“Put the camera down you wanker!” – this is one of my favorite pictures of the little guy

Now that I am a parent, I can really appreciate how wonderful a three-day weekend truly is.

Read Full Post »

In the news

Just thought I’d share some interesting news.  The BBC World News reports that the US Navy is facing increasing pressure from Chinese vessels in the South China sea near Hainan.  I would think that it should be expected.  After all, if Chinese ships were patrolling the waters outside of Los Angeles or San Francisco, I’m sure it would cause the Navy to scramble.  I thought the comment at the end of the article was interesting:

While relations between Beijing and Washington are complex, any sense of military competitiveness is dwarfed by America’s need for China to continue buying US debt to fund its huge and growing deficit, our correspondent adds.

Is it true?  After all of the smiling and “sunshine” during Secretary Clinton’s visit to China last month, it is interesting to see China testing the waters.  Perhaps the BBC is right, has the US become too dependent on China to make stronger statements and assertions?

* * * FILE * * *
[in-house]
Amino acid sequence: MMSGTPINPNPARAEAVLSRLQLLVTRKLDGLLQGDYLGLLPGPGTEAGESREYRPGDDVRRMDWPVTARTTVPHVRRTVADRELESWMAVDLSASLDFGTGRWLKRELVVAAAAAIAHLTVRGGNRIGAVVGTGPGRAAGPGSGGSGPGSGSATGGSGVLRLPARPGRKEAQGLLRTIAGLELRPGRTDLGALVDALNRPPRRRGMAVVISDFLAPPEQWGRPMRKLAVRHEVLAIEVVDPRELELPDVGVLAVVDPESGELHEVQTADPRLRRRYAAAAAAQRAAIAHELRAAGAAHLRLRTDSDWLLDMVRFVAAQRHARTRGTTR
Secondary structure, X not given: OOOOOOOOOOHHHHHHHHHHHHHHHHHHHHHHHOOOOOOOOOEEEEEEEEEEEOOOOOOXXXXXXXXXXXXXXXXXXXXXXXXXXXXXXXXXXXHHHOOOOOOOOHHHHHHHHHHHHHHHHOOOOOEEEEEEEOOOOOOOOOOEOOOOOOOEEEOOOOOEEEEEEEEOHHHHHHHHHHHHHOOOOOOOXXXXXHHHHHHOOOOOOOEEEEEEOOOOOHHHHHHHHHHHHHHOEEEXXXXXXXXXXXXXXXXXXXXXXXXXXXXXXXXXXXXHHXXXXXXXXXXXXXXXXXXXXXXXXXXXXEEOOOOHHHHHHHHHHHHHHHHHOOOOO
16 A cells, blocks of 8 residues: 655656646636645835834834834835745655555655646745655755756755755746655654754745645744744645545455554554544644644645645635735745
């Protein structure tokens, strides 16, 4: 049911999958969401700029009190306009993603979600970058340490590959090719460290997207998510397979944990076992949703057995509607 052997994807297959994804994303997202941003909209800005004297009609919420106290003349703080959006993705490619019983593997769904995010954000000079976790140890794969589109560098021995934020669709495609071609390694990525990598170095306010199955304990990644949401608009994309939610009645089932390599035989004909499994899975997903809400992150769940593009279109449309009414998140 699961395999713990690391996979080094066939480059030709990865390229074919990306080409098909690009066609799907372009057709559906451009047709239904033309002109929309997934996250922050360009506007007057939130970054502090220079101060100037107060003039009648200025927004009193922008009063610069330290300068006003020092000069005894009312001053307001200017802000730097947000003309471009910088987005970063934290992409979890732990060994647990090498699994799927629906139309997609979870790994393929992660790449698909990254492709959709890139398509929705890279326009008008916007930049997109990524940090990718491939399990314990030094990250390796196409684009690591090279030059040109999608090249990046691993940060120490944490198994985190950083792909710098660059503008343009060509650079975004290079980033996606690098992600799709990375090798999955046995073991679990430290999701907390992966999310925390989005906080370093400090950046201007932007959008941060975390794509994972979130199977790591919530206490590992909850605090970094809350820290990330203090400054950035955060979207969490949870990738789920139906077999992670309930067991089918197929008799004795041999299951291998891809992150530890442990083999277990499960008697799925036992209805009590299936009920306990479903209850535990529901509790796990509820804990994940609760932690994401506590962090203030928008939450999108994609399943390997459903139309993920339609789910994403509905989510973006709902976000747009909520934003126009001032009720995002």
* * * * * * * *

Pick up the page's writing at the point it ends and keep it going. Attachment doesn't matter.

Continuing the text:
The NY Times also has an interesting piece about how scientists found their way from pure science and into quantitative finance.  I’d like to call attention to this particular part of the piece:

Physicists began to follow the jobs from academia to Wall Street in the late 1970s, when the post-Sputnik boom in science spending had tapered off and the college teaching ranks had been filled with graduates from the 1960s. The result, as Dr. Derman said, was a pipeline with no jobs at the end. Things got even worse after the cold war ended and Congress canceled the Superconducting Supercollider, which would have been the world’s biggest particle accelerator, in 1993.

Every time I hear Bill Gates or some tech company’s CEO whine about the lack of technical talent in the US, I die a little.  The fact is that since the end of the space race and then the end of the cold war, the demand has always been decreasing.  It peaked for awhile as new companies fought it out against each other in the computer industry, but even that has passed and left on the big and the strong companies that farm their work out to low-bidding contractors.